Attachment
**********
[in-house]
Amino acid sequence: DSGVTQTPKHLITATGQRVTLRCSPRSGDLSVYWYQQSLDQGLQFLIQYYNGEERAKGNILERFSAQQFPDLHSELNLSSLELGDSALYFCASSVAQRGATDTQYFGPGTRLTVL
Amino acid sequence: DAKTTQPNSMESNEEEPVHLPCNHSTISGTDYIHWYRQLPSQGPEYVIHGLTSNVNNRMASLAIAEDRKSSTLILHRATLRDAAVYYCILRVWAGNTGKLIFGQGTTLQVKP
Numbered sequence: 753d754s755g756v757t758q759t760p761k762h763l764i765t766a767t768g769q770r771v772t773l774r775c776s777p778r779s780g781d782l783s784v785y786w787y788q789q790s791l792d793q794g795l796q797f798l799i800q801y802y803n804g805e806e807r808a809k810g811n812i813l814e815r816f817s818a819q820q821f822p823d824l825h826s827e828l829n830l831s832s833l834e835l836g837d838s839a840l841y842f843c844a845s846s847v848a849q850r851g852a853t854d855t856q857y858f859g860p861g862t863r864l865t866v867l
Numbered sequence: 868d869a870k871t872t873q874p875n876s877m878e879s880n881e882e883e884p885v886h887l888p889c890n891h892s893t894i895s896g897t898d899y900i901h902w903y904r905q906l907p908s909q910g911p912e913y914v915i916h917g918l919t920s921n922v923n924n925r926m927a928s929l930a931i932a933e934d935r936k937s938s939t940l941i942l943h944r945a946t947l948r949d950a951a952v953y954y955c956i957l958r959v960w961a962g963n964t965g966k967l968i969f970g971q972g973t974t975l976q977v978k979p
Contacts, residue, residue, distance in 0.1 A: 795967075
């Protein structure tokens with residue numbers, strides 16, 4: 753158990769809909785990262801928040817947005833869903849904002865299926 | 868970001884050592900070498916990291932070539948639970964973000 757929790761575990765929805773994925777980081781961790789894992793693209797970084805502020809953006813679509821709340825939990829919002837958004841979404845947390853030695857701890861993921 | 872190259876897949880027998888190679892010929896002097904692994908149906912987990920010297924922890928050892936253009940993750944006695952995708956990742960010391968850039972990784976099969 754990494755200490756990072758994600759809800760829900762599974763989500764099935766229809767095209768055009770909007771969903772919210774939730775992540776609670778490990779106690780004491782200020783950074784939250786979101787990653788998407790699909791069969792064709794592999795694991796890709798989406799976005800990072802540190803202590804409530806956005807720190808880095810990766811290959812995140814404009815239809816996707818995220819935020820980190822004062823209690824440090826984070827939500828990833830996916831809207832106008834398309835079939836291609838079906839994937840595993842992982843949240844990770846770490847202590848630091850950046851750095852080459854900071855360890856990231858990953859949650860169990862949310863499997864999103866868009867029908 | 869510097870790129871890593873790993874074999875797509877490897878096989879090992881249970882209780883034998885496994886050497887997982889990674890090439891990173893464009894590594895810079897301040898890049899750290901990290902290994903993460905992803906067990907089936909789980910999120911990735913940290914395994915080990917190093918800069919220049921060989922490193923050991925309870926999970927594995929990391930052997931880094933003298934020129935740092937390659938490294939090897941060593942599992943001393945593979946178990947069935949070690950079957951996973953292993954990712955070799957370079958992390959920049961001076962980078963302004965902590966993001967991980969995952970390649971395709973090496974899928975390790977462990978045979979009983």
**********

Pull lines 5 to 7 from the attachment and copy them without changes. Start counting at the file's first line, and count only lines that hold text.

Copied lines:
Numbered sequence: 868d869a870k871t872t873q874p875n876s877m878e879s880n881e882e883e884p885v886h887l888p889c890n891h892s893t894i895s896g897t898d899y900i901h902w903y904r905q906l907p908s909q910g911p912e913y914v915i916h917g918l919t920s921n922v923n924n925r926m927a928s929l930a931i932a933e934d935r936k937s938s939t940l941i942l943h944r945a946t947l948r949d950a951a952v953y954y955c956i957l958r959v960w961a962g963n964t965g966k967l968i969f970g971q972g973t974t975l976q977v978k979p
Contacts, residue, residue, distance in 0.1 A: 795967075
């Protein structure tokens with residue numbers, strides 16, 4: 753158990769809909785990262801928040817947005833869903849904002865299926 | 868970001884050592900070498916990291932070539948639970964973000 757929790761575990765929805773994925777980081781961790789894992793693209797970084805502020809953006813679509821709340825939990829919002837958004841979404845947390853030695857701890861993921 | 872190259876897949880027998888190679892010929896002097904692994908149906912987990920010297924922890928050892936253009940993750944006695952995708956990742960010391968850039972990784976099969 754990494755200490756990072758994600759809800760829900762599974763989500764099935766229809767095209768055009770909007771969903772919210774939730775992540776609670778490990779106690780004491782200020783950074784939250786979101787990653788998407790699909791069969792064709794592999795694991796890709798989406799976005800990072802540190803202590804409530806956005807720190808880095810990766811290959812995140814404009815239809816996707818995220819935020820980190822004062823209690824440090826984070827939500828990833830996916831809207832106008834398309835079939836291609838079906839994937840595993842992982843949240844990770846770490847202590848630091850950046851750095852080459854900071855360890856990231858990953859949650860169990862949310863499997864999103866868009867029908 | 869510097870790129871890593873790993874074999875797509877490897878096989879090992881249970882209780883034998885496994886050497887997982889990674890090439891990173893464009894590594895810079897301040898890049899750290901990290902290994903993460905992803906067990907089936909789980910999120911990735913940290914395994915080990917190093918800069919220049921060989922490193923050991925309870926999970927594995929990391930052997931880094933003298934020129935740092937390659938490294939090897941060593942599992943001393945593979946178990947069935949070690950079957951996973953292993954990712955070799957370079958992390959920049961001076962980078963302004965902590966993001967991980969995952970390649971395709973090496974899928975390790977462990978045979979009983």